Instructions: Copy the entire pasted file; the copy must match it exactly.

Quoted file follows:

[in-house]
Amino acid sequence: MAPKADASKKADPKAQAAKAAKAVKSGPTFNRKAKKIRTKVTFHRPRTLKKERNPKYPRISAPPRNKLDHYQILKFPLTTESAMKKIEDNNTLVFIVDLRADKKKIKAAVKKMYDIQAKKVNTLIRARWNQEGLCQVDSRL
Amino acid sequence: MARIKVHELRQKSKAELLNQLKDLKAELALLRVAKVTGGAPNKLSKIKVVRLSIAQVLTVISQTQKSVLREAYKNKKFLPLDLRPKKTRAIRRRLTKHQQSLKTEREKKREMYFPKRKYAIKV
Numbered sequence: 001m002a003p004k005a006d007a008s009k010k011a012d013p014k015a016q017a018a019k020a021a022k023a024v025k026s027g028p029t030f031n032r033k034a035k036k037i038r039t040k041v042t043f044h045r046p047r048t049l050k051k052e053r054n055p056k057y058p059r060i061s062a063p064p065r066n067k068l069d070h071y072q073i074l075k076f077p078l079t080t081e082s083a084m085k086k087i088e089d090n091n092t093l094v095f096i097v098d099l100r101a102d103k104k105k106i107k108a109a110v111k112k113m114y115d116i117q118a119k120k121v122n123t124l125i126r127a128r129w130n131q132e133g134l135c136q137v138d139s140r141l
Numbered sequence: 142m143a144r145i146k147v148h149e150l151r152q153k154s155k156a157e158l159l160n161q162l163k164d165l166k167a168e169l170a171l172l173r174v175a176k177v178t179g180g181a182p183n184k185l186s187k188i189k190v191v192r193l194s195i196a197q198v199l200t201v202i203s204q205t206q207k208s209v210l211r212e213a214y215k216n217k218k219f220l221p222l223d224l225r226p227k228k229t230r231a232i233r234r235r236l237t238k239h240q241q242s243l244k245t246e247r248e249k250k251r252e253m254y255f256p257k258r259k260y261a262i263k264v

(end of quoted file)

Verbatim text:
[in-house]
Amino acid sequence: MAPKADASKKADPKAQAAKAAKAVKSGPTFNRKAKKIRTKVTFHRPRTLKKERNPKYPRISAPPRNKLDHYQILKFPLTTESAMKKIEDNNTLVFIVDLRADKKKIKAAVKKMYDIQAKKVNTLIRARWNQEGLCQVDSRL
Amino acid sequence: MARIKVHELRQKSKAELLNQLKDLKAELALLRVAKVTGGAPNKLSKIKVVRLSIAQVLTVISQTQKSVLREAYKNKKFLPLDLRPKKTRAIRRRLTKHQQSLKTEREKKREMYFPKRKYAIKV
Numbered sequence: 001m002a003p004k005a006d007a008s009k010k011a012d013p014k015a016q017a018a019k020a021a022k023a024v025k026s027g028p029t030f031n032r033k034a035k036k037i038r039t040k041v042t043f044h045r046p047r048t049l050k051k052e053r054n055p056k057y058p059r060i061s062a063p064p065r066n067k068l069d070h071y072q073i074l075k076f077p078l079t080t081e082s083a084m085k086k087i088e089d090n091n092t093l094v095f096i097v098d099l100r101a102d103k104k105k106i107k108a109a110v111k112k113m114y115d116i117q118a119k120k121v122n123t124l125i126r127a128r129w130n131q132e133g134l135c136q137v138d139s140r141l
Numbered sequence: 142m143a144r145i146k147v148h149e150l151r152q153k154s155k156a157e158l159l160n161q162l163k164d165l166k167a168e169l170a171l172l173r174v175a176k177v178t179g180g181a182p183n184k185l186s187k188i189k190v191v192r193l194s195i196a197q198v199l200t201v202i203s204q205t206q207k208s209v210l211r212e213a214y215k216n217k218k219f220l221p222l223d224l225r226p227k228k229t230r231a232i233r234r235r236l237t238k239h240q241q242s243l244k245t246e247r248e249k250k251r252e253m254y255f256p257k258r259k260y261a262i263k264v